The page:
No. 17 Kansas Jayhawks (17-7 overall, 11-5 Big 12) vs. No. 14 Texas Longhorns (13-6 overall, 7-5 Big 12)
Time: 8 p.m.
Location: Frank Erwin Center, Austin, Texas
TV: ESPN | Radio: IMG Jayhawk Radio Network
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1. It’s a pride game
The last time this Kansas team saw the Texas Longhorns, the Jayhawks were in the top five in the country, 8-1 overall and 2-0 in Big 12 play, heading toward what they believed was another special season.
And then Texas came to Allen Fieldhouse and blew up those plans with a 25-point win, which tied for the worst home loss in KU history.
Things have changed a lot for both teams since Jan. 2. The Jayhawks have entered into and come out of a mid-season slump that may have started with the UT loss but now features the Jayhawks riding five consecutive wins.
And Texas, which spent its share of time in the top 10 throughout January, has lost four of its last six games and is fresh off of run-ins with historically bad weather and pandemic-related delays.
Regardless of what was then or what is today, the Jayhawks have just one thing on their mind as they look forward to this one.
“We can’t wait for that game,” KU junior David McCormack said in a postgame radio interview following KU’s 67-61 home victory over Texas Tech last Saturday. “I can’t say much more, but we’re just really looking forward to that game.”
The reasons are obvious and redemption plays a big role. The Jayhawks were embarrassed by their effort in the first meeting with Shaka Smart’s team. By their own admission, they lacked fire and fight, played poorly and let Texas get whatever they wanted on both ends of the floor.
“They beat us bad,” Kansas coach Bill Self said during Saturday’s postgame radio interview. “You don’t have to describe it. I remember it well.”
The KU coach doubled down on that concept during a Monday press conference, saying that 84-59 final score in Lawrence should be fresh in the minds of all of his players as they prepare for the rematch.
“I would think that there should be extra motivation for everybody on our team,” Self said. “I don't think that we played very well collectively as a group, I don't think we coached worth a flip, so I think there should be motivation for everybody because of that.”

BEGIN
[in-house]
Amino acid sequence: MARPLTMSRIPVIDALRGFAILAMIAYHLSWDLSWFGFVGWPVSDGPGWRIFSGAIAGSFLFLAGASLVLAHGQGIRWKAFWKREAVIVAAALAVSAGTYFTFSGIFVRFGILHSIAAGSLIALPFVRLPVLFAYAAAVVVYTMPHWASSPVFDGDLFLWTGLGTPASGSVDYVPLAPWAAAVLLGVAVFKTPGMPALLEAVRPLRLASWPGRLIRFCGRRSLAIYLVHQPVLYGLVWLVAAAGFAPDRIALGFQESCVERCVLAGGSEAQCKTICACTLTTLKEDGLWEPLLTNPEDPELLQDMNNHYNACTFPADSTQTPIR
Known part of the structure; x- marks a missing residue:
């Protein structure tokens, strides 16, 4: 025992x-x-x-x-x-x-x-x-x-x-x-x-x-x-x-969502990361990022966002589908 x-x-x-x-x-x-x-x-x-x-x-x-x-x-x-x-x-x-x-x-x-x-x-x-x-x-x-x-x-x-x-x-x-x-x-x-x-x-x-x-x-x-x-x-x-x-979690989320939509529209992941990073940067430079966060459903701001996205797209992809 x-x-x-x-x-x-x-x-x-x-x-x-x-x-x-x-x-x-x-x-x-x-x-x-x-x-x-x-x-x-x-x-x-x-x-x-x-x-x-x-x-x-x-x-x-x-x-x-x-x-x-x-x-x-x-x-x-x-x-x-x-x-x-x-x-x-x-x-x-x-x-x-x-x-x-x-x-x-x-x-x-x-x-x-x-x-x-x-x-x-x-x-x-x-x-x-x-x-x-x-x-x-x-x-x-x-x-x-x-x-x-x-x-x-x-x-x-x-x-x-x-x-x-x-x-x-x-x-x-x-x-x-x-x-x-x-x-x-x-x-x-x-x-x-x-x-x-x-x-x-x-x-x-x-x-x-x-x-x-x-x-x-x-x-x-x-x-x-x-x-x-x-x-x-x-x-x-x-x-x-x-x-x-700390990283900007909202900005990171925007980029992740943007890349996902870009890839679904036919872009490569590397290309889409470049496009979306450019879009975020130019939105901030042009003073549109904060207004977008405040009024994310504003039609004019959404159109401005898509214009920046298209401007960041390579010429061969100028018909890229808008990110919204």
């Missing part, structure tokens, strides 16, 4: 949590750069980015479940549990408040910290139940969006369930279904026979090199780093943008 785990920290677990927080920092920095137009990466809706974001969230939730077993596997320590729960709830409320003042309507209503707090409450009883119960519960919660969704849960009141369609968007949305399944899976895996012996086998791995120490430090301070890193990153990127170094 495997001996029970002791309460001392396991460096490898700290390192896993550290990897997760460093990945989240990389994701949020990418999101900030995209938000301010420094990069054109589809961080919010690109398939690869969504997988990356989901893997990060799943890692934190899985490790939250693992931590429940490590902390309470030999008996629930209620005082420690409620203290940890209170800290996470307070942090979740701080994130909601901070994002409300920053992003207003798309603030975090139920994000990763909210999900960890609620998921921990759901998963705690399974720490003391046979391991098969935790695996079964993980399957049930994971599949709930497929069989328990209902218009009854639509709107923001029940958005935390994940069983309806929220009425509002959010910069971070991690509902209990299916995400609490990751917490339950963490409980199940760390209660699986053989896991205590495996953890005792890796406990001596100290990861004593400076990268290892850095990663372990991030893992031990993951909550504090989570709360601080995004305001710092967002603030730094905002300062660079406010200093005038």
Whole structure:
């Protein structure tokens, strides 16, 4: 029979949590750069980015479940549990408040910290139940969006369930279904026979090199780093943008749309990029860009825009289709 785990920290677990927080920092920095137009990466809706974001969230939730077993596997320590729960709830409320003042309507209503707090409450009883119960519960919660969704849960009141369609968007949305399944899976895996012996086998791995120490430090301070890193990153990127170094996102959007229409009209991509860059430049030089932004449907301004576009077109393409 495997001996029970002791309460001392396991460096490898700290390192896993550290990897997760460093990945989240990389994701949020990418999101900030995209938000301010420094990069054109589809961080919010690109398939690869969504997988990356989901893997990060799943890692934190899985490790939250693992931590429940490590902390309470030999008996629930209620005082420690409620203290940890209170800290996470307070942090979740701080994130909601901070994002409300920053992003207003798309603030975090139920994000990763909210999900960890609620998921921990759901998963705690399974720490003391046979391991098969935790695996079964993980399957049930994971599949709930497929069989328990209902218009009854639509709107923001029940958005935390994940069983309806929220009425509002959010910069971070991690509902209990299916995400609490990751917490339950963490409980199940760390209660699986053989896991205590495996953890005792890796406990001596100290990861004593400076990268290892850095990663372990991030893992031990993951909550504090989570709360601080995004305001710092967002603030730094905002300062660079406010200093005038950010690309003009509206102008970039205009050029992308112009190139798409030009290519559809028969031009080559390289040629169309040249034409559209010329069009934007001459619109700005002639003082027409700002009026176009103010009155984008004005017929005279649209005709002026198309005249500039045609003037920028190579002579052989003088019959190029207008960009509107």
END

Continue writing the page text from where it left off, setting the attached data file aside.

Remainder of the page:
That’s exactly the way redshirt freshman Jalen Wilson sees it.
“Having a team beat us in our gym like that is never acceptable, so it’s definitely going to give us a chip on our shoulder going to Austin,” Wilson said.
KU’s recent surge has caught the attention of Texas coach Shaka Smart.
“They’re defending at a high, high level,” Smart said of the Jayhawks. “So it'll be a heck of a challenge for us. But, as always, our main focus is ourselves (and) being truly connected around a common goal."
Smart on Monday did not put too much stock in how either team played in the first meeting. For one, it was nearly two months ago. And, for two, both teams have grown and changed in a variety of ways since then.
“We just played well and it probably wasn’t one of their better games,” he said of the Jan. 2 meeting. “Sometimes you lose sight of the fact that maybe it's somebody’s day or not somebody’s day.”
To that end, Self and the Jayhawks are confident that the opportunity to both add to their winning streak and atone for that disappointing loss to Longhorns would produce a much better effort this time around.
“I think they’ll see a different Kansas team than they saw in January,” Self said.
2. 3-point defense
The Jayhawks’ plan to give the Longhorns a different look and be successful as a result, starts with defense. While better play on that end of the floor has been the catalyst for their five-game winning streak, the specific area of defense that the Jayhawks are eyeing in this one lives behind the 3-point line.
“The main thing that stuck out to me was how comfortable they felt,” Wilson said. “Our defensive presence just wasn’t there and we can’t have that.”